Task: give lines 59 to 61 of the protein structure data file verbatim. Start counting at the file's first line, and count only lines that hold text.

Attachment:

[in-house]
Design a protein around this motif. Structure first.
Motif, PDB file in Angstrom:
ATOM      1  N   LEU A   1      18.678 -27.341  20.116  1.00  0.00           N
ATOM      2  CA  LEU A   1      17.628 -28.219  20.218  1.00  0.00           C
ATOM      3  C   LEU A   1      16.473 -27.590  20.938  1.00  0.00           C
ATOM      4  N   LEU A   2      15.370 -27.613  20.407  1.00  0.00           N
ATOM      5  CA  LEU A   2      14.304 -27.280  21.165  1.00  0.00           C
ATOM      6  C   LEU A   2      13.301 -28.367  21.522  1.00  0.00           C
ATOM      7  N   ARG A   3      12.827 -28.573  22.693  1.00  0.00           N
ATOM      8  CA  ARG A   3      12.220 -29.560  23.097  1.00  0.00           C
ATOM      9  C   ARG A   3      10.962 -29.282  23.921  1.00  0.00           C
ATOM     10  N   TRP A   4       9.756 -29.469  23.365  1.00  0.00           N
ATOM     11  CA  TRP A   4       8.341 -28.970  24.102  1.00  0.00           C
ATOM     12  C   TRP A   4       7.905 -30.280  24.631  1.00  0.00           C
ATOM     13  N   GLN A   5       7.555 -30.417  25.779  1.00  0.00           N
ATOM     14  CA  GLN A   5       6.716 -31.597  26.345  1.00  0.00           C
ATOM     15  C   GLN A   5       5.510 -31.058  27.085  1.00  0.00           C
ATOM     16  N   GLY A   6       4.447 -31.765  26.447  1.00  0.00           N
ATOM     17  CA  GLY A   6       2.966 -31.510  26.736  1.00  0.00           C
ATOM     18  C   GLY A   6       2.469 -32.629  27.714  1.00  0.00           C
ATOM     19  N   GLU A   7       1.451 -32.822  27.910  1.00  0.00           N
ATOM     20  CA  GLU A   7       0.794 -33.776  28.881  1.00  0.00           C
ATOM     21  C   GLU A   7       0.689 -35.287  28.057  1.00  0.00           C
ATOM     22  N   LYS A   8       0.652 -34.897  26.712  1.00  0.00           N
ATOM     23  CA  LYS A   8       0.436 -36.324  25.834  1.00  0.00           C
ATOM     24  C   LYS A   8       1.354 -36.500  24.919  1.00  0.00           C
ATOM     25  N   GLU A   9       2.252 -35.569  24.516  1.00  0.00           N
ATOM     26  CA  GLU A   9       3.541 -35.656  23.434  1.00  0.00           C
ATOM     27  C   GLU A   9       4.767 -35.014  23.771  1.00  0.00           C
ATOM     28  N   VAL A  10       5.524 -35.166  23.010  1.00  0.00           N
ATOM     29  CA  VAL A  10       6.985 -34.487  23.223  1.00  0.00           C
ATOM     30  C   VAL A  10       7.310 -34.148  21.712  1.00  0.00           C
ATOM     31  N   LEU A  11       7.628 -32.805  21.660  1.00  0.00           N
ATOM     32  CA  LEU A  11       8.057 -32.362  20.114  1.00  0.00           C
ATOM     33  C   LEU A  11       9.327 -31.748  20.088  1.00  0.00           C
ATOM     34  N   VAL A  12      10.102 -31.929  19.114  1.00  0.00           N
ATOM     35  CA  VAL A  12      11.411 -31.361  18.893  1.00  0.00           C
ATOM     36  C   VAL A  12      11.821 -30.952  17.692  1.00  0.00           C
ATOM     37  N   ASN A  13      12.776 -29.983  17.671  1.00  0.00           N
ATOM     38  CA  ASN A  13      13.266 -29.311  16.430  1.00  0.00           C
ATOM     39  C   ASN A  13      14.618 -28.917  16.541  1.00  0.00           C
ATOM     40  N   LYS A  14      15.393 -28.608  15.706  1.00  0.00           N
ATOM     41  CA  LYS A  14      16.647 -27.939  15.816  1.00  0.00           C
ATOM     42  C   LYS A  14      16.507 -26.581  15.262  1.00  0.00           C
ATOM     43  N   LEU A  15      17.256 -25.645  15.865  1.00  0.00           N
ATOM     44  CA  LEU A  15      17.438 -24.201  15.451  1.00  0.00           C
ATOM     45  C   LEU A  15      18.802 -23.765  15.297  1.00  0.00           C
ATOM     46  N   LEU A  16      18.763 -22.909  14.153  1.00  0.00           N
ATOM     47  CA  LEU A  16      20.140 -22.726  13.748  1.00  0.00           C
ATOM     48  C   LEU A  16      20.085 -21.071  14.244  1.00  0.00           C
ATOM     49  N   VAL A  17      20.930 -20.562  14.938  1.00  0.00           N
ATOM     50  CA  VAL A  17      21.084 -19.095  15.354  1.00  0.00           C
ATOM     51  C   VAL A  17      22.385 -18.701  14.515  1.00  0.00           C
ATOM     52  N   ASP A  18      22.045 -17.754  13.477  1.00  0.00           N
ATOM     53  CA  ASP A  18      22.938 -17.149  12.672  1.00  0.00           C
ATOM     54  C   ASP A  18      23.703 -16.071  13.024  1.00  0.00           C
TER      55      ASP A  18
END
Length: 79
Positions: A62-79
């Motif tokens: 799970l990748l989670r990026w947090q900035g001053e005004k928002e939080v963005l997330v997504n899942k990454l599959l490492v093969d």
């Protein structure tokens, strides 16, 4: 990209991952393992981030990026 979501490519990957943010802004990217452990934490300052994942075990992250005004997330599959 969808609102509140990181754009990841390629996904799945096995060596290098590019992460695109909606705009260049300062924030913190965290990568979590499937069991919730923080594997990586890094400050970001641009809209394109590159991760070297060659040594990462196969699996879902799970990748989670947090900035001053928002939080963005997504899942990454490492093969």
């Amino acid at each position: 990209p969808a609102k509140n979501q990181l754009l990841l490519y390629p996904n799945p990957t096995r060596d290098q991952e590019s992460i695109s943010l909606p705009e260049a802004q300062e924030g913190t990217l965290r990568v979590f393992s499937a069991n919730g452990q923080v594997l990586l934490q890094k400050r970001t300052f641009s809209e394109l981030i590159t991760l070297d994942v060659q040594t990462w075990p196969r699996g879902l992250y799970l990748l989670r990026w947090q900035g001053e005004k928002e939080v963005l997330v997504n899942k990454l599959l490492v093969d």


END
Length: 79
Positions: A62-79